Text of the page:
Cheryl B.
Cheryl B
Cheryl B. is an award-winning writer, poet and performer. Her work appears in dozens of print and online publications, including; Ping Pong, Word Warriors: 35 Women Leaders in the Spoken Word Revolution and BLOOM, among many others. As a performer she has appeared at numerous New York City literary evenings and toured the U.S. and the U.K. She is the co-curator/co-host of the monthly NYC reading series Sideshow: The Queer Literary Carnival, serious literature for ridiculous times. Her website is cherylb.com and she blogs at wtfcancerdiaries.com.

Kit Yan
Kit Yan

Recently Featured in the HBO Documentary Asians Aloud, Kit Yan tell stories through slam poetry from the lens of a transgender Asian American from Hawaii now lost in the big city of New York.

Kit’s work has been taught at universities coast to coast, from San Francisco State to Harvard. He spoke to over 200,000 from the stage of the 2009 National Equality March alongside Lady Gaga and Cynthia Nixon, performed on the San Francisco Pride main stage, Creating Change, and is a nationally ranking slam poet. Kit Yan is first ever and reigning Mr. Transman 2010.

“The eloquence of Kit’s spoken-word delivery lies in the anti-racist, anti-homophobic, gender-inclusive, language that ties his lyrics together.”- Bitch Magazine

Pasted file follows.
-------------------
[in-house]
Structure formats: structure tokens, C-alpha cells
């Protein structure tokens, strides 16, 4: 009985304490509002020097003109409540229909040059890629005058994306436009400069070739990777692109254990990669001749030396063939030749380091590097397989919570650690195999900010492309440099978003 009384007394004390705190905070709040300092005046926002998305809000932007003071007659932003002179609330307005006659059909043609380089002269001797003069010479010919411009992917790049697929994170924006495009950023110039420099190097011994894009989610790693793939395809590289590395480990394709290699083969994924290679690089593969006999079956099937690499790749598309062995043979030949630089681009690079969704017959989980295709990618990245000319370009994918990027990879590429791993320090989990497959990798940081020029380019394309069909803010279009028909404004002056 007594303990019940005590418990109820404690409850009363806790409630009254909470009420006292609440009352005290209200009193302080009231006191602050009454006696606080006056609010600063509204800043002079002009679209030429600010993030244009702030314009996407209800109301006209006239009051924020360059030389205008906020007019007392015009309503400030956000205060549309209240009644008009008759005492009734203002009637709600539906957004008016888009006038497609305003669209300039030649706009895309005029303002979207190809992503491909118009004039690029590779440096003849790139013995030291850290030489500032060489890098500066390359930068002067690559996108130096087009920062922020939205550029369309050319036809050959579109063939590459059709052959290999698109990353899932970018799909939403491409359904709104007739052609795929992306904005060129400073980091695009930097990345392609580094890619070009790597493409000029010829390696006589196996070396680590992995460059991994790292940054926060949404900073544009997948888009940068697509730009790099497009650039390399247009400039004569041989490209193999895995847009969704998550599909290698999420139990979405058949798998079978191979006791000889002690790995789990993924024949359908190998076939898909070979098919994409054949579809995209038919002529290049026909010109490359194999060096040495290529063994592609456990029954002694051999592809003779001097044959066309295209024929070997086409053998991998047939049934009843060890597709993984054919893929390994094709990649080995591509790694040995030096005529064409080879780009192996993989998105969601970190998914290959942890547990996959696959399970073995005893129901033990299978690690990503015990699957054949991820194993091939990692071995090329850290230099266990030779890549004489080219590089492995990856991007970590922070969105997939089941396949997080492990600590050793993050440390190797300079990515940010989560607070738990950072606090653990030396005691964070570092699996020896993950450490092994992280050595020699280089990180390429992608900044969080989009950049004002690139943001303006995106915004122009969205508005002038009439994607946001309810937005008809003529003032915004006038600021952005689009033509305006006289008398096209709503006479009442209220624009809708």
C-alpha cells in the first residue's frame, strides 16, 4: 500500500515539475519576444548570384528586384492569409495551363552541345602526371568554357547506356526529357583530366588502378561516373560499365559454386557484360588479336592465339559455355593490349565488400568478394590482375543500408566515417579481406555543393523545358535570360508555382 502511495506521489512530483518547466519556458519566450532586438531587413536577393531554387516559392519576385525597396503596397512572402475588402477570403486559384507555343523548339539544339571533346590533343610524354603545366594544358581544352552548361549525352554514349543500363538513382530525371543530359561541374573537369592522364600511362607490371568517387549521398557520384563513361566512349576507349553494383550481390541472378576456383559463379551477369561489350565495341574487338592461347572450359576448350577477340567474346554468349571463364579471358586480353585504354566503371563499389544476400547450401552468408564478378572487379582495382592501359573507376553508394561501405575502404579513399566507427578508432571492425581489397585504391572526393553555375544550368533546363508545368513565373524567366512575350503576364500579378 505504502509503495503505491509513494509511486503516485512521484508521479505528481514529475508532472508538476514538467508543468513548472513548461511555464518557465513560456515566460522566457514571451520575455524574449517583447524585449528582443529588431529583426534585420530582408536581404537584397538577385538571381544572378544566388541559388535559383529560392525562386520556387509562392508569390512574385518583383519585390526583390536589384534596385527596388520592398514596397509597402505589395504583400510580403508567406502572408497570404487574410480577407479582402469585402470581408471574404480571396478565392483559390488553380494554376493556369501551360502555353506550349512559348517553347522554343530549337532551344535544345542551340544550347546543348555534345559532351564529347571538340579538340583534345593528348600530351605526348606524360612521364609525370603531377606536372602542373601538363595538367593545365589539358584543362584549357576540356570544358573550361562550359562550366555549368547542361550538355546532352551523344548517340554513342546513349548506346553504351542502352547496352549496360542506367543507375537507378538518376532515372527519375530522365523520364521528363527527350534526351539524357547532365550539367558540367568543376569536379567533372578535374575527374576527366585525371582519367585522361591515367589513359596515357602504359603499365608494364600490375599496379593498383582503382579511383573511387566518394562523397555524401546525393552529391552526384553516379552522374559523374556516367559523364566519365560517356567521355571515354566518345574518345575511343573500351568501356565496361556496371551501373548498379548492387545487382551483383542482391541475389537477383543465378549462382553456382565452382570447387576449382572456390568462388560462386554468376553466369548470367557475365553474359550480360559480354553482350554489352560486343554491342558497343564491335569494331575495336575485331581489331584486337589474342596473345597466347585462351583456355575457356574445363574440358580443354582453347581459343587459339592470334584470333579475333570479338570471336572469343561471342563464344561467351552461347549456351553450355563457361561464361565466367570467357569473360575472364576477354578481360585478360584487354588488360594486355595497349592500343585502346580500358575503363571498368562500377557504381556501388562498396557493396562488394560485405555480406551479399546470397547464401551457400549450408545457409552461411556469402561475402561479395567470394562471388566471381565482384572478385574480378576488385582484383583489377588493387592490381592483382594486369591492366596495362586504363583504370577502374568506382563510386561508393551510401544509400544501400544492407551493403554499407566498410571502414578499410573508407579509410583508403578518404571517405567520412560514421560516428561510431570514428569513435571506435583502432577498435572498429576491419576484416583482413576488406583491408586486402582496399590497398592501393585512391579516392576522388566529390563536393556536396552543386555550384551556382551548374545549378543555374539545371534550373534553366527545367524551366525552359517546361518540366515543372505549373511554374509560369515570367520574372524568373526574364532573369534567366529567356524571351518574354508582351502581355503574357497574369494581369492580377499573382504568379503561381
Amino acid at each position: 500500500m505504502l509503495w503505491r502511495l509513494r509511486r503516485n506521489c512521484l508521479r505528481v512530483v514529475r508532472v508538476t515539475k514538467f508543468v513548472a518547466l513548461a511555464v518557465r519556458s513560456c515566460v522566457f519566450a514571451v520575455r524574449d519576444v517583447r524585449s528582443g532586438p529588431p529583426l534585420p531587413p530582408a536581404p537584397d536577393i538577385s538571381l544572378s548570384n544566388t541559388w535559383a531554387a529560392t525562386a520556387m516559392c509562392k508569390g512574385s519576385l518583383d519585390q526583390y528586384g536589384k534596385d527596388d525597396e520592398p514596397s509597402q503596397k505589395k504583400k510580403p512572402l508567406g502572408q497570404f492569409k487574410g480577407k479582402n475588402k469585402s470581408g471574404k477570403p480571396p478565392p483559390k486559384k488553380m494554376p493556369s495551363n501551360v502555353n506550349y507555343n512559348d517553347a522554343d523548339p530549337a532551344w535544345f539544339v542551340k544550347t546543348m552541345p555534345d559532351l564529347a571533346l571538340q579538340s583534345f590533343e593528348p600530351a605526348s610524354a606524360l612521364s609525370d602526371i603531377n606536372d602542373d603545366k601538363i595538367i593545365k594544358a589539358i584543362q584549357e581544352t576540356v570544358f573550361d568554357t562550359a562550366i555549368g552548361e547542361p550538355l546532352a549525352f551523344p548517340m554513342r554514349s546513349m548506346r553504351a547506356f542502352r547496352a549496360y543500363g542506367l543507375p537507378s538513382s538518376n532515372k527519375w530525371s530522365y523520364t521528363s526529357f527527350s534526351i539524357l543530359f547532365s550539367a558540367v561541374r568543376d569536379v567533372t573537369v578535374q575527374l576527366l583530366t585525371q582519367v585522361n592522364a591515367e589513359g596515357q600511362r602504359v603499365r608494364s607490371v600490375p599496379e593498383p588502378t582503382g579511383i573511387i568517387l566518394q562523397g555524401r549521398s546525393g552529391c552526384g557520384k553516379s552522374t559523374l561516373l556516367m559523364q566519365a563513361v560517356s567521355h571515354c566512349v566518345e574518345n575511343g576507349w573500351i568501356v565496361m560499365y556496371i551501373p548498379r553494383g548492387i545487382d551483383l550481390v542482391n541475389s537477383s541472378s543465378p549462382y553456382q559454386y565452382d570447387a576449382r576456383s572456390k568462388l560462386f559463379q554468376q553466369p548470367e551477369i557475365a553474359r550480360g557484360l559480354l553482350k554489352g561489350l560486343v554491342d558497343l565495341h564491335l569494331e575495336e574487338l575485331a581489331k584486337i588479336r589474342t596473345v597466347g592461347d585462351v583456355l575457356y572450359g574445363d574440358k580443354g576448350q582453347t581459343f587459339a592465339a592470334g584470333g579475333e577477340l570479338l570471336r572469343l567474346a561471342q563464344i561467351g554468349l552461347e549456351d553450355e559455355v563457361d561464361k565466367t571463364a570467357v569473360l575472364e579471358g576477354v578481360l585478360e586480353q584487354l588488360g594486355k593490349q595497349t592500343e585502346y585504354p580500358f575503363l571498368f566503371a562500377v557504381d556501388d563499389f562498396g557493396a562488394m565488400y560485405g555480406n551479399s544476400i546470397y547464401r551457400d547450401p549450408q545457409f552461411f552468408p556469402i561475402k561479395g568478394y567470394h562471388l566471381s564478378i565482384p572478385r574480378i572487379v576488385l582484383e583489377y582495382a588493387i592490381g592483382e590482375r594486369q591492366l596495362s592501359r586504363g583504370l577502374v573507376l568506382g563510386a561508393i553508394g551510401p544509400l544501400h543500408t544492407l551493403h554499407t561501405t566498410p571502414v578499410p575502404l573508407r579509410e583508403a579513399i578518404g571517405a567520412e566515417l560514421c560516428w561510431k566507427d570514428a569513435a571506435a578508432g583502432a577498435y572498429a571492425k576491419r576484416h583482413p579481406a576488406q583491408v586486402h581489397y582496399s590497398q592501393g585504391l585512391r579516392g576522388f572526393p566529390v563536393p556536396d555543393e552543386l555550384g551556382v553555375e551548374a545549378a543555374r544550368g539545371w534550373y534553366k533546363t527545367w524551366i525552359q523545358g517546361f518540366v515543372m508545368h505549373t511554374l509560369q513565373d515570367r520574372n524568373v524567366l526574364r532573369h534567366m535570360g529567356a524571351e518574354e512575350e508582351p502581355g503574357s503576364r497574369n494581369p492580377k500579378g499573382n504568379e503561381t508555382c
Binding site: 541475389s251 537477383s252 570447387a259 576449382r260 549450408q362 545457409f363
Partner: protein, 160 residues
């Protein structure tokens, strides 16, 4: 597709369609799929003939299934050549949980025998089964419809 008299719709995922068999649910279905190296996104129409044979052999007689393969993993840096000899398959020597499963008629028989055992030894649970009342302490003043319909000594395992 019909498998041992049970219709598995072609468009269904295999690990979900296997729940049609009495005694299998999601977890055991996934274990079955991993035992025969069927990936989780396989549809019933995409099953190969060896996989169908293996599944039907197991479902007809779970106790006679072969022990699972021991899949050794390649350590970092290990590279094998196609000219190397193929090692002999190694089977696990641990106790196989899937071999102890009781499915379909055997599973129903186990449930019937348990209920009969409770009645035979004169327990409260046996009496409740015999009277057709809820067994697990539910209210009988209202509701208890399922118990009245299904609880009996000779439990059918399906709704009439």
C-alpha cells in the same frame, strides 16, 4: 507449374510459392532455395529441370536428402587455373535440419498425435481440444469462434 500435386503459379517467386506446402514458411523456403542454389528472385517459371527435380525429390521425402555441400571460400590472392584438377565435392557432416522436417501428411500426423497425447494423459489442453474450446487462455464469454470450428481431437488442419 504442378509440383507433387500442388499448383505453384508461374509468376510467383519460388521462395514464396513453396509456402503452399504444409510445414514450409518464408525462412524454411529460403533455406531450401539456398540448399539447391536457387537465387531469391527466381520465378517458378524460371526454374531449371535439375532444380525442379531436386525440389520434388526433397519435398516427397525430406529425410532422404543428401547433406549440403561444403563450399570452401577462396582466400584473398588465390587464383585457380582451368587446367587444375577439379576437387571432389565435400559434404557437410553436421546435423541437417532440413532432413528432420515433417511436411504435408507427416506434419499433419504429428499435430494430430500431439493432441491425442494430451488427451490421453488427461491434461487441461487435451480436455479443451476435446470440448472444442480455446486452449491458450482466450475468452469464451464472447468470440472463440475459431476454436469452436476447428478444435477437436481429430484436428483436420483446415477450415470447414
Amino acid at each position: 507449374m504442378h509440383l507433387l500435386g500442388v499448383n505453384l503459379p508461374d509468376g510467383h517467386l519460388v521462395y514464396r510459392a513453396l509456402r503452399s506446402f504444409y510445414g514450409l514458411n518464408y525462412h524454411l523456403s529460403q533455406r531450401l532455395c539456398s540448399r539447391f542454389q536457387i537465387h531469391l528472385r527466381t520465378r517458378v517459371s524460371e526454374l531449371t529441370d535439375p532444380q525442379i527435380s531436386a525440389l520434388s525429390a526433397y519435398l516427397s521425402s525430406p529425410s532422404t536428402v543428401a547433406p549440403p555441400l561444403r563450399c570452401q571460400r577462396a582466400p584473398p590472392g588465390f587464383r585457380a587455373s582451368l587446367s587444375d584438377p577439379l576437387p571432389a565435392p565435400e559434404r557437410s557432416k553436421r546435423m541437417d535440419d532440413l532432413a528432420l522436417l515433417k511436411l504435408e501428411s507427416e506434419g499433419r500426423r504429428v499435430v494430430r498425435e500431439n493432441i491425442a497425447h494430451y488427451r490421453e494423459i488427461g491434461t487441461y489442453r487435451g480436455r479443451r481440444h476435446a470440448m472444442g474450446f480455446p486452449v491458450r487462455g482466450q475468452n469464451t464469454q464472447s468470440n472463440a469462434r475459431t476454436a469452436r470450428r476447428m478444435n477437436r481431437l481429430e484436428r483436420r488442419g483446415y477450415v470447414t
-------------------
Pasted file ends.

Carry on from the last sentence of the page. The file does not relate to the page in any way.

Miss Mary Wanna
Miss Mary Wanna
This sassy southern creature of the night has been knocking over trash cans, causing hiiiigh-jinx along the east coast, and has once again found her way to the magical streets of New York City. She currently builds her den in Philadelphia, bumpin and grindin in the name of brotherly and sisterly love with other DIY queens and kings alike. Whether she’s peeling away fur or feathers, Miss Mary Wanna is certain to blow your mind and get you high!

Drae Campbell
Drae Campbell
Drae Campbell is a multi-genre performance artist who is as hysterical as she is handsome. The reigning Miss LEZ 2010, Campbell won the title with a performance combining her funny, poignant storytelling and legendary breakdancing. She starred in the short film “You Move Me,” which is touring the world winning awards and teaching life lessons about oranges and relationships.

Femmecee Bevin Branlandingham
IMG_6489.JPG